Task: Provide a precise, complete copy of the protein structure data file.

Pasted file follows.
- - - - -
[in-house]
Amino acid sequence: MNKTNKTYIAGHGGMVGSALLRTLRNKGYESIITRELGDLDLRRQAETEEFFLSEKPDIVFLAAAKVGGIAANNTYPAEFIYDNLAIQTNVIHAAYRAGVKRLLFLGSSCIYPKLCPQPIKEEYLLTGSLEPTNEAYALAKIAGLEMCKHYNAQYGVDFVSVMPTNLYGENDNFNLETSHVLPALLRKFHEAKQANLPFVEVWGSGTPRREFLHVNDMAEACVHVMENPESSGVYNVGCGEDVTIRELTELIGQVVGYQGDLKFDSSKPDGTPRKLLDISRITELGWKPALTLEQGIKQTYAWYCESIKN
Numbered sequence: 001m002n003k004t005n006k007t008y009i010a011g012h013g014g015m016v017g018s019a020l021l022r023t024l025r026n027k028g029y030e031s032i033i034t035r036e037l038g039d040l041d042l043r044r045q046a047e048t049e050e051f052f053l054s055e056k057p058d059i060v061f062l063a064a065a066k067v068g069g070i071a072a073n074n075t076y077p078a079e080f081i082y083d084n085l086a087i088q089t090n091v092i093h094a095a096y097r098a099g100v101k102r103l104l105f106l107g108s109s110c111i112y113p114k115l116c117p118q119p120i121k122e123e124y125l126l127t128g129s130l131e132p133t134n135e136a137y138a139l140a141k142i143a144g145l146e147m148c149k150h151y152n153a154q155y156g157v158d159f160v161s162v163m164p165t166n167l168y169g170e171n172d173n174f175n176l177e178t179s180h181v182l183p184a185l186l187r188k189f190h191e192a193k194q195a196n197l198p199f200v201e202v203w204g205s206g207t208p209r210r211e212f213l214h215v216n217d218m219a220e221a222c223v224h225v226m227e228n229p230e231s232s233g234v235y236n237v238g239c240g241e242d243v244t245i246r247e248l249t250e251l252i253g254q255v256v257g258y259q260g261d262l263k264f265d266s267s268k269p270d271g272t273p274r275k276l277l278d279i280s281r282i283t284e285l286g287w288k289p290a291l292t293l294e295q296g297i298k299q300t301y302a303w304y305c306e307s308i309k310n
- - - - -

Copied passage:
[in-house]
Amino acid sequence: MNKTNKTYIAGHGGMVGSALLRTLRNKGYESIITRELGDLDLRRQAETEEFFLSEKPDIVFLAAAKVGGIAANNTYPAEFIYDNLAIQTNVIHAAYRAGVKRLLFLGSSCIYPKLCPQPIKEEYLLTGSLEPTNEAYALAKIAGLEMCKHYNAQYGVDFVSVMPTNLYGENDNFNLETSHVLPALLRKFHEAKQANLPFVEVWGSGTPRREFLHVNDMAEACVHVMENPESSGVYNVGCGEDVTIRELTELIGQVVGYQGDLKFDSSKPDGTPRKLLDISRITELGWKPALTLEQGIKQTYAWYCESIKN
Numbered sequence: 001m002n003k004t005n006k007t008y009i010a011g012h013g014g015m016v017g018s019a020l021l022r023t024l025r026n027k028g029y030e031s032i033i034t035r036e037l038g039d040l041d042l043r044r045q046a047e048t049e050e051f052f053l054s055e056k057p058d059i060v061f062l063a064a065a066k067v068g069g070i071a072a073n074n075t076y077p078a079e080f081i082y083d084n085l086a087i088q089t090n091v092i093h094a095a096y097r098a099g100v101k102r103l104l105f106l107g108s109s110c111i112y113p114k115l116c117p118q119p120i121k122e123e124y125l126l127t128g129s130l131e132p133t134n135e136a137y138a139l140a141k142i143a144g145l146e147m148c149k150h151y152n153a154q155y156g157v158d159f160v161s162v163m164p165t166n167l168y169g170e171n172d173n174f175n176l177e178t179s180h181v182l183p184a185l186l187r188k189f190h191e192a193k194q195a196n197l198p199f200v201e202v203w204g205s206g207t208p209r210r211e212f213l214h215v216n217d218m219a220e221a222c223v224h225v226m227e228n229p230e231s232s233g234v235y236n237v238g239c240g241e242d243v244t245i246r247e248l249t250e251l252i253g254q255v256v257g258y259q260g261d262l263k264f265d266s267s268k269p270d271g272t273p274r275k276l277l278d279i280s281r282i283t284e285l286g287w288k289p290a291l292t293l294e295q296g297i298k299q300t301y302a303w304y305c306e307s308i309k310n